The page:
Whitehaven’s Gravestones.

If, like me, you enjoy reading gravestone inscriptions then Whitehaven will not disappoint. I like to read the names, ages and family connections. Whitehaven’s gravestones are particularly interesting because often the places where people died reveal the trade and history of the town.

The tombstone above is a point in case. Jeremiah Pattinson died aged 36 in 1755 followed by his wife Jane almost thirty years later in 1783 aged 67. So far nothing very unusual. It is their son, Joseph, who raises interest. He died aged 34 in 1783, the same year as his mother. He was seven when his father died. Again not so unusual, but Joseph died in Madeira. From Whitehaven to Madeira was a huge distance in the 18th century, over one and a half thousand miles, and given that Whitehaven was a bustling port at this time, this indicates he was possibly a sailor or a trader/importer. Sadly, Joseph and his mother died within two days of each other all those miles apart so neither will have been able to grieve the death of the other.

Underneath the inscription for Joseph there is a Mary Hall who died in 1809 aged 62. Who is she I ask myself and why is she, with a different surname, memorialised on the Creighton family’s gravestone born in 1749, the same year as Joseph? His twin born Mary Creighton? It’s possible and I wonder.

Flattened tombstone in St Nicholas’ church yard.

Here’s another interesting one. This son, Richard, died aged 25 in Norfolk, Virginia in 1806. Unfortunately St Nicholas’ Church suffered a serious fire in 1971 and the main part of the building was destroyed. The gravestones are all laid flat. Whether this was pre or post inferno I don’t know, but it does make them difficult to read clearly and makes them more susceptible to erosion and debris.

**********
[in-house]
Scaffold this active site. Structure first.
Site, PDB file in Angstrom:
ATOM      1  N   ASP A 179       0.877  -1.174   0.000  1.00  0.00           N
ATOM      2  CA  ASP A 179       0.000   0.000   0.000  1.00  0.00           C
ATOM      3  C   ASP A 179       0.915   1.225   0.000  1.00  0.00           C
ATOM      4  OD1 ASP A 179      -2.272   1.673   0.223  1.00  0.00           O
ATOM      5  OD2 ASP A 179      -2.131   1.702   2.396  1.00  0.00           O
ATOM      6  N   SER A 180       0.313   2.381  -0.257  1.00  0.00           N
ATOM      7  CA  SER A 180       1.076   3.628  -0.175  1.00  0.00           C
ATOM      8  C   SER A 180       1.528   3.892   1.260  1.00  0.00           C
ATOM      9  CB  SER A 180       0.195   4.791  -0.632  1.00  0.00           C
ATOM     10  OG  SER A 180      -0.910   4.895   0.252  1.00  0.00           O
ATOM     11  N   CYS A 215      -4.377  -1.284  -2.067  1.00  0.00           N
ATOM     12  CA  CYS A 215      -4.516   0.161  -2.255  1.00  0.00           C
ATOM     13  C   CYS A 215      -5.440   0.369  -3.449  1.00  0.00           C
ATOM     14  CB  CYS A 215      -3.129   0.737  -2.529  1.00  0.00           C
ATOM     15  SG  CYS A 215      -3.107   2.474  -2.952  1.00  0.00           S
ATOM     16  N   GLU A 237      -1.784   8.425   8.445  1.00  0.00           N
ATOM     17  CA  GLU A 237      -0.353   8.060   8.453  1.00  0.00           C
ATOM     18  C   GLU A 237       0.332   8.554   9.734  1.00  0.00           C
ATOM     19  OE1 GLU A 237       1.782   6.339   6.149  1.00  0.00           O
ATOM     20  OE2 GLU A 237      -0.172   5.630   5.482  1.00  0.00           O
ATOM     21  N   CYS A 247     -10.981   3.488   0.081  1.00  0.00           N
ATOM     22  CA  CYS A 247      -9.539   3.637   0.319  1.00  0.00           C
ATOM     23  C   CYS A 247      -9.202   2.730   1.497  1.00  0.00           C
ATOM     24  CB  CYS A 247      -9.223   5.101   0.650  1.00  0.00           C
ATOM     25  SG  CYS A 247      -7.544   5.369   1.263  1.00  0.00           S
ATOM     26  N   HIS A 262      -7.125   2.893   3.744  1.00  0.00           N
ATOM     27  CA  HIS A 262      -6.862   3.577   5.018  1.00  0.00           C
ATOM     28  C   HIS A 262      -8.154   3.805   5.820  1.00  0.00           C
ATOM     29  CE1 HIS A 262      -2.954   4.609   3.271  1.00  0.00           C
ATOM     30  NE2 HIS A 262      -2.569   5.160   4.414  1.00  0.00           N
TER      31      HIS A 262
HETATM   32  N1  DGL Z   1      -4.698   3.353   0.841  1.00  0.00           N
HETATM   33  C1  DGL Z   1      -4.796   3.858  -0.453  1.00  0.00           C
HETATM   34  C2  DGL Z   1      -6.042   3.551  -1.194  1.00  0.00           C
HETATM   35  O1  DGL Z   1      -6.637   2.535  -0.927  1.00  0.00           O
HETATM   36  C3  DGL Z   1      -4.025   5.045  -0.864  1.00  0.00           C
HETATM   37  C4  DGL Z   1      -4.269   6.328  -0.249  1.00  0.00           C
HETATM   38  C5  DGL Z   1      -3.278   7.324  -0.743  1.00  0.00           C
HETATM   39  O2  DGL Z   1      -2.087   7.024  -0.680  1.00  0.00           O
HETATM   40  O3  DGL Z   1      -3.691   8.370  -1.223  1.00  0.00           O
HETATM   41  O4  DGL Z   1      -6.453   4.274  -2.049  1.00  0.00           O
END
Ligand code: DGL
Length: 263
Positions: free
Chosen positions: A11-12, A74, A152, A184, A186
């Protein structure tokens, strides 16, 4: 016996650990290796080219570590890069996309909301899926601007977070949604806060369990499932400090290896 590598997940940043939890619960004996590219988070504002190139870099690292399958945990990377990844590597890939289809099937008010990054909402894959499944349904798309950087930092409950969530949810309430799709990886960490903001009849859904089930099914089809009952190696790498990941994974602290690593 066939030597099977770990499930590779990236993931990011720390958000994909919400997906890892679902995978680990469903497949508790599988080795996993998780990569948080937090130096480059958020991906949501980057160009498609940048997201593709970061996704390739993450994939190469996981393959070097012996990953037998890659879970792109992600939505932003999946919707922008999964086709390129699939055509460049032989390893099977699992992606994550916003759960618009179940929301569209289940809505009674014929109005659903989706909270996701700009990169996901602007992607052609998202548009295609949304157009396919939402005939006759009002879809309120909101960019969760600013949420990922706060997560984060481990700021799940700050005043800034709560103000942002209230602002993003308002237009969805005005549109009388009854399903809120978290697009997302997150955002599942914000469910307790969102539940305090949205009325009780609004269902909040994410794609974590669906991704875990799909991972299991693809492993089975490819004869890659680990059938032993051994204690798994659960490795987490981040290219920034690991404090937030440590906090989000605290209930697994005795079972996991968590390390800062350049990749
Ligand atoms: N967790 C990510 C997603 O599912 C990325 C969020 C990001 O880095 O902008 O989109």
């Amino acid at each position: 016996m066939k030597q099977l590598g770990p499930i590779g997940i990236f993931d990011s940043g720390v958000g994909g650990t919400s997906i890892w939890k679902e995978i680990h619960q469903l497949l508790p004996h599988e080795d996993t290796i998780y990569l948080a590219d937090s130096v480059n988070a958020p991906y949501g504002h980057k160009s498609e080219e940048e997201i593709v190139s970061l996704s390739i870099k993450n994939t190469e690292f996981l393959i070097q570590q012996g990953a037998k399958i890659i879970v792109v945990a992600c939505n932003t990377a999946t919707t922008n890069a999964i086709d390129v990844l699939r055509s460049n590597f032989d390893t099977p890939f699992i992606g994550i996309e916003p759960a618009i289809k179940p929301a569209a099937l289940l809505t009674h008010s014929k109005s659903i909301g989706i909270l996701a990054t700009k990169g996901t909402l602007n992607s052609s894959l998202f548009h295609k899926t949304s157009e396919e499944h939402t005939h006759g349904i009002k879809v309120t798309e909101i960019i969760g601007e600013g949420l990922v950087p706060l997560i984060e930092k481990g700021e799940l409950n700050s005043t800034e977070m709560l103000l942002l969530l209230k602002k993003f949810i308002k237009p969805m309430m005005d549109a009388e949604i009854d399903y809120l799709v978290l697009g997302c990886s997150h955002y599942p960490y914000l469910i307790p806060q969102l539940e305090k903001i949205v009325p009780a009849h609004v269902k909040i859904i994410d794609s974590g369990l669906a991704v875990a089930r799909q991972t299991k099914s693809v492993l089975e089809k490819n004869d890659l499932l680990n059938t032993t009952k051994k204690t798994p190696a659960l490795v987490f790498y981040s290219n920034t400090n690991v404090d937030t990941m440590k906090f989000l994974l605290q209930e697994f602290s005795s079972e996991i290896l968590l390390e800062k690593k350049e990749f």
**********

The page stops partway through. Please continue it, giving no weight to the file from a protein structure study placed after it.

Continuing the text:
Detail of the Virginia tombstone.
Black River, Jamaica, gravestone.

This gravestone records John and Mary Creighton’s son, William, ‘Master of the ship Resolution, who with all on board perished near the Land’s End’ aged 26 in 1809. Also John, named after his father, who died in Black River, Jamaica in 1808. They also lost two daughters. Jane in 1787 aged 9 months, and Mary in 1794 aged 3 years and 6 months. John and Mary died in 1820 and 1826 respectively in what must have been a lonely old age with all four of their children pre-deceasing them.

Another graveyard with interesting gravestones is Parton just outside Whitehaven. I’ll save those for another time.

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